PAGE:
I am reading this book, Letters from Spartanburg, which is a collection of letters that Arthur W. Pink penned to a dear friend when he was writing his very important book, The Sovereignty of God. I have found some really fascinating insights in this book on different subjects. Last night, for example, I came across the letter in which Pink is telling his friend how he disagrees with the author of the book they are currently reading and discussing together, and writes, “I feel like that this book will call for a brief (article) reply… A reply is called for in the interest of truth.”
So, just like Pink here, I think that another article about the oily business is pertinent, for the sake of truth.
On my first post, No Other Gospel: Why Oils Are Not for You, I wrote about the heart of the problem: the whole world of oils is becoming a false religion that encourages people to use oils to deal with issues that in the Scripture we clearly see we are to deal not with oils, but by the power of the Holy Spirit, through the Word of God and the grace that we have in Christ to mortify sins that will never die if we apply particular oils to our wrists.
Then I wrote a follow-up post, Slippery and Oily Slopes. In this one I veered a bit from my original post, not because I was shying away from what I wrote in the first one and tried to soften my view. No, if you read it again, you will see that I started it explaining that I was going to address some questions that had been raised.
On this second article I also focused on the danger of not seeing that the lady who is selling you that one oil, belongs to a company that has core values, core principles, and a mission, a company that rewards her (with more money) if you buy three more oils, and then rewards her even more if you also become a sales lady.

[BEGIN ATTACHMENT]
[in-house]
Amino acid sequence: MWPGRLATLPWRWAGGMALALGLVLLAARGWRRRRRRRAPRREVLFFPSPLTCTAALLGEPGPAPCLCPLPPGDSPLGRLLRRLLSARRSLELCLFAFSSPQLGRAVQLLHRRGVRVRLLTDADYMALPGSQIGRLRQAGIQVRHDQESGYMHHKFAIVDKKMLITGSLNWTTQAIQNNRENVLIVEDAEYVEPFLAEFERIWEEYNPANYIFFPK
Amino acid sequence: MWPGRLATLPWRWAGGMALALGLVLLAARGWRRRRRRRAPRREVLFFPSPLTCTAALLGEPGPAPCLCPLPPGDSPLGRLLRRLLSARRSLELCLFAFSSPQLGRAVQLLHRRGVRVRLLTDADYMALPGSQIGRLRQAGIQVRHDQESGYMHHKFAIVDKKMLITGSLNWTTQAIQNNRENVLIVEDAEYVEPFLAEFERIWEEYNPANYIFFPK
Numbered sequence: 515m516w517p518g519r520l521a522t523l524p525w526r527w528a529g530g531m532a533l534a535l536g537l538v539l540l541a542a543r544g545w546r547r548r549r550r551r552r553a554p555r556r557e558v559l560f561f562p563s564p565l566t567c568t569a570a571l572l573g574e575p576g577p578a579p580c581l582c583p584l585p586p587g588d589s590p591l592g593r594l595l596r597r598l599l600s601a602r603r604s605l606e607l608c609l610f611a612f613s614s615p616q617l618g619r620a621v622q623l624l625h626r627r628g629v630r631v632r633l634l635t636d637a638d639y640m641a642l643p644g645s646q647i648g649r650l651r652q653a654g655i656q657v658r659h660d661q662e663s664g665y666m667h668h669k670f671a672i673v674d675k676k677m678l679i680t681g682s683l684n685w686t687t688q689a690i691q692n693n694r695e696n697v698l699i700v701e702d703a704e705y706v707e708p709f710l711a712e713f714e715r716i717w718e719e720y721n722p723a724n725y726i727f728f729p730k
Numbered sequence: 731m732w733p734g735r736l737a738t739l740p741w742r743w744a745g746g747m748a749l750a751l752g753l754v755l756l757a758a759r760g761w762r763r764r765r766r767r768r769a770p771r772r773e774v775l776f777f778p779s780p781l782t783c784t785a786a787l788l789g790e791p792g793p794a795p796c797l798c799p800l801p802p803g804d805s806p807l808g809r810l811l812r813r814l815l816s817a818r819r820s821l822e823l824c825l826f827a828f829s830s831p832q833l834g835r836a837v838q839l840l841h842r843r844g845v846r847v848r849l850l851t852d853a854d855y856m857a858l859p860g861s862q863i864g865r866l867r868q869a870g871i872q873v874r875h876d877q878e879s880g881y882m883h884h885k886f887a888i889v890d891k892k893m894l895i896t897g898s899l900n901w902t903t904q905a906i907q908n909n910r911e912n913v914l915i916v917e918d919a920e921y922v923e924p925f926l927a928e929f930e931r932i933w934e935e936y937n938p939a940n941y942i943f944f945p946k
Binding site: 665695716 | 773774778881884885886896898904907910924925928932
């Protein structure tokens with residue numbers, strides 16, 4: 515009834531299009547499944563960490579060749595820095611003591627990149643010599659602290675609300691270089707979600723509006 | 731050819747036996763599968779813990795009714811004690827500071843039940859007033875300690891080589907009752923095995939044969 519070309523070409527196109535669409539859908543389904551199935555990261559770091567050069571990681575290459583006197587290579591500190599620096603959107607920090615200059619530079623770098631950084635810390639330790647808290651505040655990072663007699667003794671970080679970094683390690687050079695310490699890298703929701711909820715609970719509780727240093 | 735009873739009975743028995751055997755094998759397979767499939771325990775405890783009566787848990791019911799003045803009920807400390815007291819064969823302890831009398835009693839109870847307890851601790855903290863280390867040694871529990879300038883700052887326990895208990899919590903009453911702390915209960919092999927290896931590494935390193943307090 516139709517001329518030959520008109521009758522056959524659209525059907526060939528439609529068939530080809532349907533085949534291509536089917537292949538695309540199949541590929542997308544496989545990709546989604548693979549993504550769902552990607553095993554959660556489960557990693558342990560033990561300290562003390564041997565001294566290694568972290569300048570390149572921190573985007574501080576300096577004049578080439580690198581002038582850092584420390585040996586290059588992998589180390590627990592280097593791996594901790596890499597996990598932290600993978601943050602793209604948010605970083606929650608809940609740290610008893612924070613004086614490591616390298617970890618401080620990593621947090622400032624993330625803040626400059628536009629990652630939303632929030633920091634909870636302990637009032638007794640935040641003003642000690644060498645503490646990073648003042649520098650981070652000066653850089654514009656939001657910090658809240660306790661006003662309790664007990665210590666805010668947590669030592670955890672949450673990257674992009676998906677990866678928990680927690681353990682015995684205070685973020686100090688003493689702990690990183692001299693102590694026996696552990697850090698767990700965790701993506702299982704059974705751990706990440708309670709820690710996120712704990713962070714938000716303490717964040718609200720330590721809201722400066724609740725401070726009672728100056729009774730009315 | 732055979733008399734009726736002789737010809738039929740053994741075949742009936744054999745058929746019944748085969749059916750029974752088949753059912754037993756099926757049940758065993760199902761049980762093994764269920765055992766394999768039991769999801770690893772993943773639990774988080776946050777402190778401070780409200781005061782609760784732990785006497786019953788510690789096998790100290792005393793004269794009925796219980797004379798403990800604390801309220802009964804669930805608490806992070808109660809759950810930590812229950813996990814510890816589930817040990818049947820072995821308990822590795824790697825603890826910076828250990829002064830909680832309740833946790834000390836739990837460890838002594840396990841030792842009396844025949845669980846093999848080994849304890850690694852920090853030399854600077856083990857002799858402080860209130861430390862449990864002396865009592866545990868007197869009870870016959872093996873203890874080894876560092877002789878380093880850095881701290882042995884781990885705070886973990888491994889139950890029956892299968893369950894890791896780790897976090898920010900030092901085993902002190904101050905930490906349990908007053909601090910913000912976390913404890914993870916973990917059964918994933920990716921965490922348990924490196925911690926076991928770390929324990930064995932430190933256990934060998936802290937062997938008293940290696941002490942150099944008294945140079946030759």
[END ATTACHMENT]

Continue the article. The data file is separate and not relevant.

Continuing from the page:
I read some comments of people disagreeing with me here saying that we would not agree either with the vision, mission, and purpose of most of the companies from whom we buy our stuff, and yet we still get our lattes from them. True. The difference here is that when I but a latte from them, I am not being asked to embrace their vision, mission, and purpose. I am only asked to handle my beverage with care because it is hot. And, they don’t ask me to start selling lattes to others, which I appreciate.
The most renown companies that are marketing oils for physical, emotional, and spiritual health, are structured as multilevel companies. They are shaped like pyramids. And if you pour gallons of oil on the side of a pyramid and try to walk carefully on it, you will notice that it is almost impossible to get a hold of the rails and there are no stoppers to be found around. You buy one oil, and the company has trained these sales ladies to sell you the next oil, and then the next, and then they will proceed to warn you of the toxic ways you are eating and doing laundry, which means that you will need to buy more oils, and then you are in. Without giving much thought, you are, all of a sudden, part of the community, part of the company. And when you are part of the company, you will have, by necessary consequence, to embrace the company’s vision, mission, and purpose.